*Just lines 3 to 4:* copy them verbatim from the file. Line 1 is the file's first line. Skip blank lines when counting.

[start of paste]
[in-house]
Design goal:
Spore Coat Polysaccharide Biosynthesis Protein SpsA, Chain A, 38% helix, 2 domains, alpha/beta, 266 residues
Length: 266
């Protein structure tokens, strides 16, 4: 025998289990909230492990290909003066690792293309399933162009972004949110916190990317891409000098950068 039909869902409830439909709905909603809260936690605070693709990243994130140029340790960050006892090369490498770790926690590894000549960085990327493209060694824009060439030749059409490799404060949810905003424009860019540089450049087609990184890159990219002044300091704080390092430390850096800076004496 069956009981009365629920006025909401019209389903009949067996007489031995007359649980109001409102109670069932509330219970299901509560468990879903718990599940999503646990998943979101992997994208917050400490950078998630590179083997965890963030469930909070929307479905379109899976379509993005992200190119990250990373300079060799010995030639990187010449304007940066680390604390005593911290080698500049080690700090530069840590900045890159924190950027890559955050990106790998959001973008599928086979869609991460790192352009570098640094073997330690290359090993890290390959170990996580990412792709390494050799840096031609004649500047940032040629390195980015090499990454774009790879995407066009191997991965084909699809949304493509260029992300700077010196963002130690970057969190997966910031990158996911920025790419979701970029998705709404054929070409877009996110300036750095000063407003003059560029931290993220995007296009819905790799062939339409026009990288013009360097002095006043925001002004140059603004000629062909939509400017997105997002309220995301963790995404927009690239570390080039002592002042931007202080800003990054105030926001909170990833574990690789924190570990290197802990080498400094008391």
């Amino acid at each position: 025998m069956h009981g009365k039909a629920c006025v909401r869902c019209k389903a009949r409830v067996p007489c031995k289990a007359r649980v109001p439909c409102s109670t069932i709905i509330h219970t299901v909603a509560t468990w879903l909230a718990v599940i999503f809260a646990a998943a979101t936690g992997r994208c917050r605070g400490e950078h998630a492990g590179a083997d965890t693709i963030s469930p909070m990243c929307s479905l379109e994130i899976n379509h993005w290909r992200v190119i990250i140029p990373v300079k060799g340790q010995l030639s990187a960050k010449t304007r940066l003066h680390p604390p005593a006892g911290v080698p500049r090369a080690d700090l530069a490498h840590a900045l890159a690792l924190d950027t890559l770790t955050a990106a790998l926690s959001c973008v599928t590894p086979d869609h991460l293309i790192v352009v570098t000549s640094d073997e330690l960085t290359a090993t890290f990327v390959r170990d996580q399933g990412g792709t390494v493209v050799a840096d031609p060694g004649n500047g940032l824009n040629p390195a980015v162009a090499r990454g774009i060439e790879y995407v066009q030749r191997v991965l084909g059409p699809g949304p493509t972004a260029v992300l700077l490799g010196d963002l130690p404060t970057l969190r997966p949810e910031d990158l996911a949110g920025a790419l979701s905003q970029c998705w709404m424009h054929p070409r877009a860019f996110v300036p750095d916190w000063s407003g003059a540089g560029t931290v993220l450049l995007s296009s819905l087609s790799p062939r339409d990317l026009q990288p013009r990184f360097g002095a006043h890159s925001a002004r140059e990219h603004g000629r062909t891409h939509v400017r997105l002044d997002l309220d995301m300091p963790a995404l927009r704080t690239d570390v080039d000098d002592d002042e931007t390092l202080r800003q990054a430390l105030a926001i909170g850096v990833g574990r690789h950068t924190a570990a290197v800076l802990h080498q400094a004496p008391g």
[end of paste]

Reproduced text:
Spore Coat Polysaccharide Biosynthesis Protein SpsA, Chain A, 38% helix, 2 domains, alpha/beta, 266 residues
Length: 266